Category: English

Docker vs Cloud Foundry

First of all, let me start by saying that I am a big fan of Docker and container technology in general. But I see to often people comparing Docker with full PaaS stacks which is comparing apples with pears.

Cloud Foundry is a PaaS, part of the PaaS is container technology like Docker but in Cloud Foundry this is called Warden (or Garden in the next gen impl).

Docker is not a PaaS, for docker you need something like Flynn: for Docker to start to look like a PaaS.

There are a lot of misconceptions about Docker:

In the end, docker fills a gap that other tools are not filling. But for application development / deployments you want to have a PaaS with a nicely defined API to make application deployments easy. In the end the users should not care about the underlying container technology but just about scaling application instances and flexibility in setting up the container runtime.




Java and Wildcard SSL certificate issues

Today I faced a nasty issue using a valid signed wildcard SSL certificate from symantec. PKIX path building failed: unable to find valid certification path to requested target
	at SSLTest.<init>(
	at SSLTest.main(
	at sun.reflect.NativeMethodAccessorImpl.invoke0(Native Method)
	at sun.reflect.NativeMethodAccessorImpl.invoke(
	at sun.reflect.DelegatingMethodAccessorImpl.invoke(
	at java.lang.reflect.Method.invoke(
	at com.intellij.rt.execution.application.AppMain.main(
Caused by: PKIX path building failed: unable to find valid certification path to requested target
	... 17 more
Caused by: unable to find valid certification path to requested target
	... 23 more

Since the certificate is valid and the ROOT CA was actually in the Java cacerts keystore, it still did not work. First I tried to run my java application with ****** to see what is really going on. I noticed the the intermediate certificate was not in the cacerts keystore.

I had to importing the intermediate certificate to the keystore was causing the cert chain to break. I downloaded the missing intermediate cert from symantec (you can see the download link to the missing cert in the ssl handshake log: in my case).

And I imported the cert in the java keystore. After importing the intermediate certificate my wildcard ssl cert finally started working:

keytool -import -keystore ../jre/lib/security/cacerts -trustcacerts -alias "VeriSign Class 3 International Server CA - G3" -file /pathto/SVRIntlG3.cer

And voila!

Hooking up Cloud Foundry app to New Relic

How to integrate Cloud Foundry and New Relic

New Relic provides indepth insight into your apps. Now how can you befit from it using Cloud Foundry and the Java buildpack? This is easy, read on!

If you are using the hosted version you can easily add new relic to your application using the marketplace.


After the new relic services has been bound to your application it takes a few minutes before data starts to appear. Eventually your dashboard will show data like this:

image2013-11-15 16-44-40

Users that run a private Cloud Foundry installation or want to hookup and existing New Relic account to their application can do the following. Create a user-provided service (see New Relic contraints described here: Make sure that the service name contains newrelic. Next, specify your New Relic licenseKey.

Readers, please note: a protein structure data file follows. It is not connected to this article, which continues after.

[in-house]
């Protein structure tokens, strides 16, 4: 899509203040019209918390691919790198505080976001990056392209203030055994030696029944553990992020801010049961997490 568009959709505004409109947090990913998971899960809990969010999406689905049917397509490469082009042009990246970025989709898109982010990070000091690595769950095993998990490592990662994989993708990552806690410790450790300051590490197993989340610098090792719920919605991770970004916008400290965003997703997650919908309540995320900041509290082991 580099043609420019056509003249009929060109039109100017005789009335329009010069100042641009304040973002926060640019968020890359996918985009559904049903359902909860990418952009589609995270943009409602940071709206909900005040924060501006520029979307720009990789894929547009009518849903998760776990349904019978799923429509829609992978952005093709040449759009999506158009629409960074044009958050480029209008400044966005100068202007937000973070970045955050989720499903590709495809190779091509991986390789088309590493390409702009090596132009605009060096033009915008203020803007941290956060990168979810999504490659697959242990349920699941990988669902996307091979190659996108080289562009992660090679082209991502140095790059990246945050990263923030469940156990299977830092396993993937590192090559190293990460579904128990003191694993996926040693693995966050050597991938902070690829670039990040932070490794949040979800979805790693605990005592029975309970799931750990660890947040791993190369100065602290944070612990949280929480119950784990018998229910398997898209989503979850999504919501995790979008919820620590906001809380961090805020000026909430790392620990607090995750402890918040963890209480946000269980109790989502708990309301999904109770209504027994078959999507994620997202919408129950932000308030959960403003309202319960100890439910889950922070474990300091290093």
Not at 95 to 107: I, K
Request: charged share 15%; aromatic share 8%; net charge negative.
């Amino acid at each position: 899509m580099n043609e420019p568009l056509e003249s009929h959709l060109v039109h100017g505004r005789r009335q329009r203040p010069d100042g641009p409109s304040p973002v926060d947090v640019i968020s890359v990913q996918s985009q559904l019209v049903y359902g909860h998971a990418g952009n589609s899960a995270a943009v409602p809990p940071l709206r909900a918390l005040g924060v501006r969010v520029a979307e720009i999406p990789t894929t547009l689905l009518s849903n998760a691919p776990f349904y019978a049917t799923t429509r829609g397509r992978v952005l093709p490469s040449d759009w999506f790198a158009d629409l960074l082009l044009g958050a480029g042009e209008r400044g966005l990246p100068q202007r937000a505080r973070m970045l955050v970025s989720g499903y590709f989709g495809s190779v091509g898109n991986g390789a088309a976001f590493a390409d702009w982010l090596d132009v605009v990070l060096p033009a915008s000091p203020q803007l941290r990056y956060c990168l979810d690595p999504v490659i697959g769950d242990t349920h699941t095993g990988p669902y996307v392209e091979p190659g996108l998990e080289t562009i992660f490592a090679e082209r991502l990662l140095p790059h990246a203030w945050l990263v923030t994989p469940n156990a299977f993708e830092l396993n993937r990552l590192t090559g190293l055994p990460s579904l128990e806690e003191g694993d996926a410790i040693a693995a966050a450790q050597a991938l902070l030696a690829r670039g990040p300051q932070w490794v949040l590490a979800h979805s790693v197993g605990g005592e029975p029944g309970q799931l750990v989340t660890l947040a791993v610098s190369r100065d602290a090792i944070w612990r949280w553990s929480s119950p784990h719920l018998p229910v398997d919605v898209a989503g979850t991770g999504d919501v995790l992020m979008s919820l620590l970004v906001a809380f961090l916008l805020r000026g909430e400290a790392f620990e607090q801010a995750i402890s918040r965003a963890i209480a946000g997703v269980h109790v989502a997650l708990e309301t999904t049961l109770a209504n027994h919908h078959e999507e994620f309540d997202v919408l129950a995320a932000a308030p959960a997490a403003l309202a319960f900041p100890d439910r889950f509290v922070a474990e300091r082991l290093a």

cf create-service user-provided
Name?> newrelic-some_unique_string
What credential parameters should applications use to connect to this service instance?
(e.g. hostname, port, password)> licenseKey
licenseKey> newrelic_license_key
Creating service newrelic-some_unique_string... OK

Now bind the service to your app:

cf bind-service newrelic-some_unique_string
1: helloworld
Which application?> 1

Restart your app and you are done!

cf restart helloworld
Using manifest file manifest.yml
Stopping helloworld... OK
Preparing to start helloworld... OK
-----> Downloaded app package (5.5M)
-----> Downloaded app buildpack cache (39M)
Initialized empty Git repository in /tmp/buildpacks/java-buildpack.git/.git/
-----> Downloading OpenJDK 1.7.0_45 from (0.2s)
       Expanding JRE to .java (0.8s)
-----> Downloading New Relic Agent 3.1.1 from (7.3s)
-----> Downloading Spring Auto-reconfiguration 0.7.2 from (0.2s)
       Modifying /WEB-INF/web.xml for Auto Reconfiguration
-----> Downloading Tomcat 7.0.47 from (0.2s)
       Expanding Tomcat to .tomcat (0.1s)
-----> Downloading Buildpack Tomcat Support 1.1.1 from (0.2s)
-----> Uploading droplet (48M)

After a few minutes data starts appearing in New Relic:

image2013-11-15 16-22-20

You are now ready to do awesome stuff with all this information (smile)

More info on user provided services:

Some background info for New Relic:

Funny job requests

Today I received this email, in dutch paas haas means: Easter bunny.

Dear Stephan

We are currently searching for a Cloud Consultant to work in Den Haag, The Netherlands  for 2 months plus extensions. This is a fantastic contract opportunity for a large multi-national client.

The ideal candidate must have the following skills:

Investigate opportunities to develop a PAAS/HAAS service for GF IT projects that allows projects to quickly build up project systems in the cloud that can be easily dismantled once the project is completed or does not require the system any longer.

Git detached head? What the hell??

Watch this video for 5 minutes:

Then read this stackoverflow answer which explains it pretty good:

Now you know :-)